It hasn’t been a very pleasant three or four seasons for Phoenix Coyotes fans. The reason? It’s as plain as the empty seats in Jobing.com Arena on a weeknight game — relocation rumors have hovered over the team for so long it’s a miracle that fans haven’t been given Prozac as a game day giveaway. It doesn’t matter that they’re owned by the NHL; the league wants to recoup constant operating cost losses and really can’t afford to keep the Coyotes in Phoenix forever unless a local buyer steps up and completes the deal.
According to the Phoenix Business Journal, the wheels might be turning within the next week or two on the NHL’s “plan B” for the Coyotes: relocation. The City of Glendale isn’t going to give the NHL another $25 million to cover operating costs for next season. Last year’s $25 million to the NHL basically kept the Coyotes from leaving at the last minute, sealing the deal for True North Sports and Entertainment to purchase and relocate the Atlanta Thrashers instead. Now, it seems if TNSE would have had another year’s worth of patience, they could have gotten the original Jets back. At the very least then, all of the “the Jets’ve returned!” hyperbole would be actually correct.
As it stands, the Coyotes could be heading to Seattle, Kansas City, or Quebec City. While I, and the fans in Phoenix, would love to see the team stay put, it’s looking less and less viable. The league simply can’t afford to support the team… they’re spread a bit thin. Ken Campbell of The Hockey News, in his Five Thoughts for the week, dropped this tidbit:
The word from someone with an intimate knowledge of such matters: The NHL is currently or has been propping up five teams financially this season – the Phoenix Coyotes, Dallas Stars, New Jersey Devils, Florida Panthers and Columbus Blue Jackets. The league still owns the Coyotes, of course, and has advanced the other four their shares of broadcast and revenue sharing money. When asked to comment, NHL deputy commissioner Bill Daly denied this was the case.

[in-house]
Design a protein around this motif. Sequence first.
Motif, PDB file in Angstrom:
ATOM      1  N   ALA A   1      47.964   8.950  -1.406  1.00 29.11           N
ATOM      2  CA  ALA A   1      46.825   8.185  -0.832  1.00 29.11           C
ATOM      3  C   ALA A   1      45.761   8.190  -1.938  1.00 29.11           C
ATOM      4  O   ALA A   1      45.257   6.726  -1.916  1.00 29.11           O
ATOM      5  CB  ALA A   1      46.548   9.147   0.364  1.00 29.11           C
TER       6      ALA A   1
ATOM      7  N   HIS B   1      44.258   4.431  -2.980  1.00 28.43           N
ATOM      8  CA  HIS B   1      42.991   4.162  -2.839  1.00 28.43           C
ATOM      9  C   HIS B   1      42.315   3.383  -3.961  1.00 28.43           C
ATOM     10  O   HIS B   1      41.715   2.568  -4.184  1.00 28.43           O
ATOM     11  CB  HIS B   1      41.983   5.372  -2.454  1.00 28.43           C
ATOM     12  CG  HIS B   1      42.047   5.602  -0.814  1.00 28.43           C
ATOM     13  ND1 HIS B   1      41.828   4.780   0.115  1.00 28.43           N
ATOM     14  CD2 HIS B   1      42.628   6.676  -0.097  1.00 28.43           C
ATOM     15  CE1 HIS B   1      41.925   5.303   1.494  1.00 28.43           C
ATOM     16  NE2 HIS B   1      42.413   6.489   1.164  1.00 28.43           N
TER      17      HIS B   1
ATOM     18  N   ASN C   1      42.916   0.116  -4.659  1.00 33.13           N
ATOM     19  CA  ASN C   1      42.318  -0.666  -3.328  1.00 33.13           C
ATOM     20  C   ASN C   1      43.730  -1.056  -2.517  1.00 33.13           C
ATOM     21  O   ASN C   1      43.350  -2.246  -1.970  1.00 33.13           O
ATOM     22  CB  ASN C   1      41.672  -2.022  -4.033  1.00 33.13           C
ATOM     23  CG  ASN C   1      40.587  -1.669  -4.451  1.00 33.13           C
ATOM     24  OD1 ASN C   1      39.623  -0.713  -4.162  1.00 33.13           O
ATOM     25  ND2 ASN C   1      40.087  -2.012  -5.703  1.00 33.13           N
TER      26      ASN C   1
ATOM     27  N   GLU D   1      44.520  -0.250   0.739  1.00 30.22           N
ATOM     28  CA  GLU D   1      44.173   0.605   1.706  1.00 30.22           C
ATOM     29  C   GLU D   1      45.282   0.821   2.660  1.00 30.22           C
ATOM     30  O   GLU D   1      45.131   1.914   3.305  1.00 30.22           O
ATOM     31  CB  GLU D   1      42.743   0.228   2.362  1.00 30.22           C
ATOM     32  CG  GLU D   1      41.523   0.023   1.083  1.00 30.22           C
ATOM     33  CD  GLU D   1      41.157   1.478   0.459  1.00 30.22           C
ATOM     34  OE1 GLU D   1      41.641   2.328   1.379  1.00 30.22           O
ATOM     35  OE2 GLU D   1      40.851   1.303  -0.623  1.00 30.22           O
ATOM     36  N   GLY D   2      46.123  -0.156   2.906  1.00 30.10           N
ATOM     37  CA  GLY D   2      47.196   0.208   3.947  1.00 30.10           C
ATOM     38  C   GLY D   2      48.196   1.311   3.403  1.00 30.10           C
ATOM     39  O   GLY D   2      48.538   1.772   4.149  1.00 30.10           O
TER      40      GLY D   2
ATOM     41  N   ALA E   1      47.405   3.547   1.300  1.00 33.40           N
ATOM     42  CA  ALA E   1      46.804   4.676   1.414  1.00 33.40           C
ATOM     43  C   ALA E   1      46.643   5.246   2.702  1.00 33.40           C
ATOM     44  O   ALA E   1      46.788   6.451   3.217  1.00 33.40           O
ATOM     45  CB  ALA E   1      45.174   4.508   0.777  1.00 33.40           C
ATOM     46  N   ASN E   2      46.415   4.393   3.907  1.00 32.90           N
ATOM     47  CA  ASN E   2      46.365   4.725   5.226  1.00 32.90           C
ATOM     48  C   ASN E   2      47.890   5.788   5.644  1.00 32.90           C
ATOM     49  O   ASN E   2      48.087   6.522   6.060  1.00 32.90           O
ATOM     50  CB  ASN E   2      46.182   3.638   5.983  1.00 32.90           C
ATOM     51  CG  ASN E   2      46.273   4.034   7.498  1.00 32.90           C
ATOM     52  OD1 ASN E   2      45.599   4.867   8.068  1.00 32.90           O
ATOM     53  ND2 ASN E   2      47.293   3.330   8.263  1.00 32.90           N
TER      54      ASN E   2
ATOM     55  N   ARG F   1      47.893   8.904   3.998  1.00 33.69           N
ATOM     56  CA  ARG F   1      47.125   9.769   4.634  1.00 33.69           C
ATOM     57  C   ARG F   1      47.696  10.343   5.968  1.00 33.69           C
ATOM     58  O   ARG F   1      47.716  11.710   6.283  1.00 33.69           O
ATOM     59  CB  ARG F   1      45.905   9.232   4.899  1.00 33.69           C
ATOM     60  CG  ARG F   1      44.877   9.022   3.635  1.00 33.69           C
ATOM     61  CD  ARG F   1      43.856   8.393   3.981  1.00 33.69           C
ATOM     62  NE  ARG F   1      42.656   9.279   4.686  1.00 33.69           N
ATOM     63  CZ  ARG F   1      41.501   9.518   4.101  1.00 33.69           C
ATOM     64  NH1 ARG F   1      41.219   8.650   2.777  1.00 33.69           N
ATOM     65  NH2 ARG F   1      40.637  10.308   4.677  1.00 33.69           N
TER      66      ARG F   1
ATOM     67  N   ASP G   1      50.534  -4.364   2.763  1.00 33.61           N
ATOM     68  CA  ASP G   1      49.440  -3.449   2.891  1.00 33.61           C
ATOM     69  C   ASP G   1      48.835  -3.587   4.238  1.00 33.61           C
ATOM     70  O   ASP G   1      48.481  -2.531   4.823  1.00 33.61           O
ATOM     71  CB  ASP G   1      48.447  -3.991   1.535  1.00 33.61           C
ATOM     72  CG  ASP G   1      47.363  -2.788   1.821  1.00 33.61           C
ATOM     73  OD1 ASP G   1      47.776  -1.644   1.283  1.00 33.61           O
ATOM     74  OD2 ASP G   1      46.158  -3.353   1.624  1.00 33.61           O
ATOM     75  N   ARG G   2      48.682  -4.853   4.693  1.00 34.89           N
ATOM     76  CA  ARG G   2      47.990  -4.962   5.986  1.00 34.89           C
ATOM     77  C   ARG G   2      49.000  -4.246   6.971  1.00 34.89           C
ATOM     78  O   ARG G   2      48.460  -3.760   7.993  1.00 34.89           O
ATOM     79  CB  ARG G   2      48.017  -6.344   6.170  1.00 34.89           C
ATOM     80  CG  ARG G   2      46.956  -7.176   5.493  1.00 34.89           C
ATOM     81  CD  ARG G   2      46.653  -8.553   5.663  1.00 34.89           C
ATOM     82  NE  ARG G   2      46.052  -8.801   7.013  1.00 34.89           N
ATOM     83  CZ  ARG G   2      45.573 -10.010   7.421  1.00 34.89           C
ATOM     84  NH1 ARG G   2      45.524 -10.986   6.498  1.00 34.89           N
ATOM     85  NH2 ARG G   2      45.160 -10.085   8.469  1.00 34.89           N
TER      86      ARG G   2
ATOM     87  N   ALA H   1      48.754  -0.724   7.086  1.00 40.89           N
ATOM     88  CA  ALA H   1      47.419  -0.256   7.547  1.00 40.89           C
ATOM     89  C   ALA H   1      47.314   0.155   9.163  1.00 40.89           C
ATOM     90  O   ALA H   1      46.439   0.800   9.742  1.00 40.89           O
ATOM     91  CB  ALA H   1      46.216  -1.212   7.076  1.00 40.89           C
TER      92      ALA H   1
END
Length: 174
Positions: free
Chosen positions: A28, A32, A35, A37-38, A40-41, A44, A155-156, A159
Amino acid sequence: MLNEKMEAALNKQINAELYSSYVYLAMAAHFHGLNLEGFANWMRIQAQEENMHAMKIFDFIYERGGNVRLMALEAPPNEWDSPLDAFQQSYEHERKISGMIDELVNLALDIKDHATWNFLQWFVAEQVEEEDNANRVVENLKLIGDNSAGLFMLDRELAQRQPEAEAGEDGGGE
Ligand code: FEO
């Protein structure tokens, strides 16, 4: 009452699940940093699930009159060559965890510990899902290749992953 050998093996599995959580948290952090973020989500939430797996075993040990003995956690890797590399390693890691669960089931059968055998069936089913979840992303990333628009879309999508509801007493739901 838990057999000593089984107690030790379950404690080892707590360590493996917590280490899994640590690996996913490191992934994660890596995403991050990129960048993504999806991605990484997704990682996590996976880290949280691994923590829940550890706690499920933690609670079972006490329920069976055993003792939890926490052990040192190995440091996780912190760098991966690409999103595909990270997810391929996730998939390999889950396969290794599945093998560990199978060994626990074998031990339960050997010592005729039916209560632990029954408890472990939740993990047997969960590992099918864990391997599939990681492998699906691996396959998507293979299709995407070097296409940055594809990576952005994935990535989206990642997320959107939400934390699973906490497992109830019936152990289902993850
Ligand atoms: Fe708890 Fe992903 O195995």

Well, of course Daly is going to deny it. Can you imagine the outcry over the league giving money to other struggling teams besides Phoenix, three of which are in expansion/non-traditional markets? While this is more than likely a sign that the US economy is prohibitive to fans spending a lot of money on sports, the markets that they’re propping up haven’t had the strongest or most consistent of couple of past seasons. New Jersey could be considered the exception here, with low attendance being a sign of arena location more than anything else.
The league propping up five teams does clarify why they were so quick to allow the sale of the Thrashers. They simply couldn’t afford to prop up team number six for a year. There was an opportunity to sell, make $60 million dollars, and get a team to a hockey insane market. It stands to reason then that the league didn’t exactly fight for Atlanta like they have done for the Coyotes. Thrashers fans should be disappointed to hear that they were the sacrificial lamb to economics and business sense, especially when an ill-advised (probably) $25 million payment from Glendale to the NHL is all that kept them from probably being the league’s next pet project.
Unfortunately, the Coyotes aren’t the only name being bandied around for relocation. The New York Islanders are still having arena issues. If they don’t figure out where they’ll be playing by the end of 2015, they might not be playing for the fans in New York. Three relocations in four years, even if the Islanders’ problems have nothing to do with the NHL, would look less than good for the reign of commissioner Gary Bettman.